Sitting in the passenger seat of the open top game viewing vehicle, like a driver’s mate, I experienced at close quarters our guide’s extraordinary skills. After some time, I also realised what was different about our vehicle, it had no door on the driver’s side. The reason for this soon became clear. Nsika, our driver and guide, sat in a regular driving position, every now and then leaning over where the door would have been to check the sand road for animal tracks. He also drove, left knee on the seat, right foot in charge of the vehicle’s pedals. And every now and then he stood upright and drove giving himself a commanding vantage point.

Makhasa Private Game Lodge

Stopping on the sand roads Nsika exited the vehicle where the door would have been and looked down onto the road. He stood or crouched and looked back at us and explained what he had seen. He read the road and the story it told like I would read a book. “A female leopard walked south here not that long ago” “Elephants, a large breeding herd, crossed here then went through that thick bush heading towards the marsh area” “A male lion, very recently, was here walking that way”

Makhasa Private Game Lodge

We rounded a sharp bend and out stepped a magnificent looking male lion. Nsika bought the vehicle to a halt, and we all sat and admired this incredibly impressive, heavily maned, beast. He was clearly the king here and his physique gave him great presence. He was handsome with a powerful gaze and glint in his eye. When he walked towards us, we reversed. When he gained on us Nsika moved off the road and let him pass. We then followed giving him plenty of space. And when the king was tired of walking, he elegantly lowered himself down onto the warm sand road. He was clearly on a mission but also tired. With every enormous yawn he drew in the air showing off his teeth and in particular four huge canines.

Travelling through open grassland I was particularly struck by the beauty of the reserve that we were traversing. The grass, golden in colour lit by the dawn sun, stood around a meter high and swayed gently in the light and warm breeze. We encountered a large herd of buffalo moving through the grasslands in a long orderly line. It was a classic African savannah scene as the buffalo slowly walked towards a water hole, egrets flew in and out, creating flashes of brilliant white against the cloudless blue sky.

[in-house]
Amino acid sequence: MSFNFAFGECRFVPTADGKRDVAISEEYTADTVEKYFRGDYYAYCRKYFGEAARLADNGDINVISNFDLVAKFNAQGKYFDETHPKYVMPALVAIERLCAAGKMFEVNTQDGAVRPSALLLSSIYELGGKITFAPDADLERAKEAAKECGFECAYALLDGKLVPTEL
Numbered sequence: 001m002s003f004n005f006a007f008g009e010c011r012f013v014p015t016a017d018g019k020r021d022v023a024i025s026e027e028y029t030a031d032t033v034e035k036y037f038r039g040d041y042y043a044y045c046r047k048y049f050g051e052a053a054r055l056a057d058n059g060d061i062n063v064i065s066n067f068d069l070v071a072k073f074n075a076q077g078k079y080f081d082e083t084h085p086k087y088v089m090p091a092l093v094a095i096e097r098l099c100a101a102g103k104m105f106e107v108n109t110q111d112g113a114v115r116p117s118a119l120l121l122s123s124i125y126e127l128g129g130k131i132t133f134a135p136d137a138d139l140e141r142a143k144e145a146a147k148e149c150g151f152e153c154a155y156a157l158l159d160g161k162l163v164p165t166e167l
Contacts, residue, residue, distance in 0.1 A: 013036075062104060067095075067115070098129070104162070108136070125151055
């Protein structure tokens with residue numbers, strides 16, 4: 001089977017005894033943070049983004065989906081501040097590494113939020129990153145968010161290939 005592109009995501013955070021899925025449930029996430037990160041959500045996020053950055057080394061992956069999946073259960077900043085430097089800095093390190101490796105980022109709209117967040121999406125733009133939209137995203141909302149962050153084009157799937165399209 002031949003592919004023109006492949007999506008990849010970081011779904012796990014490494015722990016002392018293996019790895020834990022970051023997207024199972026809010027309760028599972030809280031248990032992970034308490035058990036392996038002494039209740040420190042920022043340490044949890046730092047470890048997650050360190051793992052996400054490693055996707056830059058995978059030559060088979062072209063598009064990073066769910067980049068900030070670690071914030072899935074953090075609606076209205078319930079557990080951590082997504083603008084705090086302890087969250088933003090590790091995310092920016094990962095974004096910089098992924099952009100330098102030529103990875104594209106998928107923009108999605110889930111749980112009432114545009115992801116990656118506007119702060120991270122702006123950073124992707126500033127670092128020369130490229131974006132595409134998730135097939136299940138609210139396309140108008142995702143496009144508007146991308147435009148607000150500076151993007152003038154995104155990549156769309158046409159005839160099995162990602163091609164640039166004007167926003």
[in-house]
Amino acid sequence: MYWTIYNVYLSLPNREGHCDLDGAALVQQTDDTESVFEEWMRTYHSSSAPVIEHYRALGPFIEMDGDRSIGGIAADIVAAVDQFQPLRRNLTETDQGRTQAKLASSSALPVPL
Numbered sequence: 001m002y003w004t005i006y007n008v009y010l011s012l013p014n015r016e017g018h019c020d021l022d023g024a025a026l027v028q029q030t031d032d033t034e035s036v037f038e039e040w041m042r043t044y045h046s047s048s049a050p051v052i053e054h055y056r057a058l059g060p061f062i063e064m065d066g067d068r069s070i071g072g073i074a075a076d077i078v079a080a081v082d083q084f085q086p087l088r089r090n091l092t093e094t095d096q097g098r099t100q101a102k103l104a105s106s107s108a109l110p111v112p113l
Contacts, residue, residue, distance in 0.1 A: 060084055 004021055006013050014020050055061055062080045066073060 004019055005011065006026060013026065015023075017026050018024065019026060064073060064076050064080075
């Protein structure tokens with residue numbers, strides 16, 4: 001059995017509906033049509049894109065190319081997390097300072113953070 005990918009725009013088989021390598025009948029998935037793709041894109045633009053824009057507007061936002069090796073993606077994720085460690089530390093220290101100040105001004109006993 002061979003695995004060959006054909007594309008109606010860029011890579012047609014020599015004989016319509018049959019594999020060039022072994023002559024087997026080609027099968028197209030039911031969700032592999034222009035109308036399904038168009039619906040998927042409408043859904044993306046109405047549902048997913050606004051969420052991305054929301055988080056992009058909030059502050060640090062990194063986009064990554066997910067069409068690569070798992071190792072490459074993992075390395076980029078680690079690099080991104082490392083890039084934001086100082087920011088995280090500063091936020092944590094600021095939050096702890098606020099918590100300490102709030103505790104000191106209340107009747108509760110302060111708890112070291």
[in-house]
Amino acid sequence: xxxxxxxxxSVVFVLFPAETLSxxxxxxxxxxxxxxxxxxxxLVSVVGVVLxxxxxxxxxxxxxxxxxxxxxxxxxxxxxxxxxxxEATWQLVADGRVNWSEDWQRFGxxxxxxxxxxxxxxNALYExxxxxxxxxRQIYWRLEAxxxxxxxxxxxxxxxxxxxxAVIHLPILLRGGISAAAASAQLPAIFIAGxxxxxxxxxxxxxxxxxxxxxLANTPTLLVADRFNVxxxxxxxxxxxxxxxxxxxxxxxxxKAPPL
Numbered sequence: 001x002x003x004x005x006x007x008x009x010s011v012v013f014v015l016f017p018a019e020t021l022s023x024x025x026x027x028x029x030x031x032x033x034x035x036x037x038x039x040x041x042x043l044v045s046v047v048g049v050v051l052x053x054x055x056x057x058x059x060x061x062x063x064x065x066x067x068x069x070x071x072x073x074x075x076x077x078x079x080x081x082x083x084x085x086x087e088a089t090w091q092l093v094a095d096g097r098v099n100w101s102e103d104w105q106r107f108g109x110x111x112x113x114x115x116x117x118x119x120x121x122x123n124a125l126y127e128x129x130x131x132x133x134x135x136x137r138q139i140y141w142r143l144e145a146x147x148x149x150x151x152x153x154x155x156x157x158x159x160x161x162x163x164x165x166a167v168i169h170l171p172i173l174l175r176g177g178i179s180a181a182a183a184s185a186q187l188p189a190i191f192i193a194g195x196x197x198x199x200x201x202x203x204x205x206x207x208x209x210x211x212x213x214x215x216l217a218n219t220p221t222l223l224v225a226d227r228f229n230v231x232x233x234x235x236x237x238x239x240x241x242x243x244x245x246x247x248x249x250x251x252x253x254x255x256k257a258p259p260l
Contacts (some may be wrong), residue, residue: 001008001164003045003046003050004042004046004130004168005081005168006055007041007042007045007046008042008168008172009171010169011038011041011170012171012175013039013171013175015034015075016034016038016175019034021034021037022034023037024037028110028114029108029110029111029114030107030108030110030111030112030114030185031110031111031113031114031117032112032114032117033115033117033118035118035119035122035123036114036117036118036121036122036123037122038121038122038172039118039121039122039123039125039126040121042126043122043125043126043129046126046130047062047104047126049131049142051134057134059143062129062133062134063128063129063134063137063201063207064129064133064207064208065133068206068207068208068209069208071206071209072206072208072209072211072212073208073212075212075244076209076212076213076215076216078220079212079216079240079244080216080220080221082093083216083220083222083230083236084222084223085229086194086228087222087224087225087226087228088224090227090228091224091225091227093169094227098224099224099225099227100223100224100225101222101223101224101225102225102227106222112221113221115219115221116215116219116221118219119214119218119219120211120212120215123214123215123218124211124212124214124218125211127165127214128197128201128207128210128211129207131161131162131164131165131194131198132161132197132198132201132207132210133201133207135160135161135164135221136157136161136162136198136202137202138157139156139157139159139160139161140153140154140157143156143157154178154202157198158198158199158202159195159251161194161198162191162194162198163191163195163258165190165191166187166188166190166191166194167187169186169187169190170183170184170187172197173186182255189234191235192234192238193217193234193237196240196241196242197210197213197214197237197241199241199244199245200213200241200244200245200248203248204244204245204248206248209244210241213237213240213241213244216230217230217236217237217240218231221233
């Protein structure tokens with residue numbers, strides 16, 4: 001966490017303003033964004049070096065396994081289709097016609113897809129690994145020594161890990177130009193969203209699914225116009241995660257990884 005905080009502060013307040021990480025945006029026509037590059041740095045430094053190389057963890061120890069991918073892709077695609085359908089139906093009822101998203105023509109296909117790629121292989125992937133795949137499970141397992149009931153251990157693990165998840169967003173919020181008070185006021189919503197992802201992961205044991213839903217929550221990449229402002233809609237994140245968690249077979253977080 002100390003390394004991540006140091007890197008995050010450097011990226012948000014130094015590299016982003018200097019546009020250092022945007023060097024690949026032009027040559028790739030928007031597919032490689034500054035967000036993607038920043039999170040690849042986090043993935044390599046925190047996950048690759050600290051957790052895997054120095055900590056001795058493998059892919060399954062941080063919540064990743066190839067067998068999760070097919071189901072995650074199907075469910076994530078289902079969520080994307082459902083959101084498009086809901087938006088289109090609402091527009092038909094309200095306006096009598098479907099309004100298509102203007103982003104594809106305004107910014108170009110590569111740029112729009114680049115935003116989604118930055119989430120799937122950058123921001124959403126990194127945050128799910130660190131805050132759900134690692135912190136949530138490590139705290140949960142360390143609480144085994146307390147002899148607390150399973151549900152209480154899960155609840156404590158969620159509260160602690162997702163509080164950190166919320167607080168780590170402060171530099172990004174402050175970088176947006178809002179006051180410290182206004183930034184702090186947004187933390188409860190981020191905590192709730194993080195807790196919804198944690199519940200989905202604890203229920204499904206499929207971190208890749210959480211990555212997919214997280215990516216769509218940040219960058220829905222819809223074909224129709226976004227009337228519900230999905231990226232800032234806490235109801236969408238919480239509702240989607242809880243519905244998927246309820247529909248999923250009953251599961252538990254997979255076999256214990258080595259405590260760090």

Makhasa Private Game Lodge

You do not have to be a birder, I describe myself in the words of author Simon Barnes as a bad birdwatcher, to appreciate the many varieties of birds encountered when out in the bush. KwaZulu Natal is known as a bird watching hot spot and Nsika spotted and pointed out a host of bird species. He was thrilled to show us a pink footed hawk perched high in a dead tree. I was delighted to get a “well spotted” comment when I pointed out a woodland kingfisher. And to see Namaqua doves made us all smile. But no one could beat Nsika and his sighting of a pink throated twin spot.

Makhasa Private Game Lodge is situated on the Munywana Game Reserve overlooking a large water hole often frequented by elephants. It is owned and operated by the Makhasa people and currently offers employment to around twenty members of the local community. Here the lodge, through opportunities created by tourism and conservation, creates much needed and varied job opportunities.

The main lodge is the focal point for guests where breakfast, lunch and dinner are served either indoors or on the wooden veranda overlooking the water hole. The food was excellent, perfectly cooked and presented at every meal. Credit must go to the chef Meva and his team in the kitchen. It is also a great place to just relax on a comfy couch, read a book between game drives, or enjoy a drink from the bar. Lodge manager Ingrid, her assistant Buhle, and members of the Makhasa team were always on hand ensuring that all the guests were exceptionally well looked after. Wooden boardwalks through the sand forest guide you from the main lodge to your suite. The large, thatched rooms with ensuite bathroom, king size bed, complete with private veranda are a perfect place to drift off to sleep to the sounds of the African bush. In the day you can sit and watch a variety of antelope, nyala and duiker greeted me on arrival, grazing only meters from you. After dark staff escort guests back to their rooms as you never know what nocturnal wildlife will be out on the prowl under the cover of darkness.


About Author

People say that Africa has an effect on your soul and Mark Henson the ‘author’ of this site is no exception. He first travelled to South Africa and the province of KwaZulu-Natal in 1993 and has been coming and going every year since. Twice now most years!

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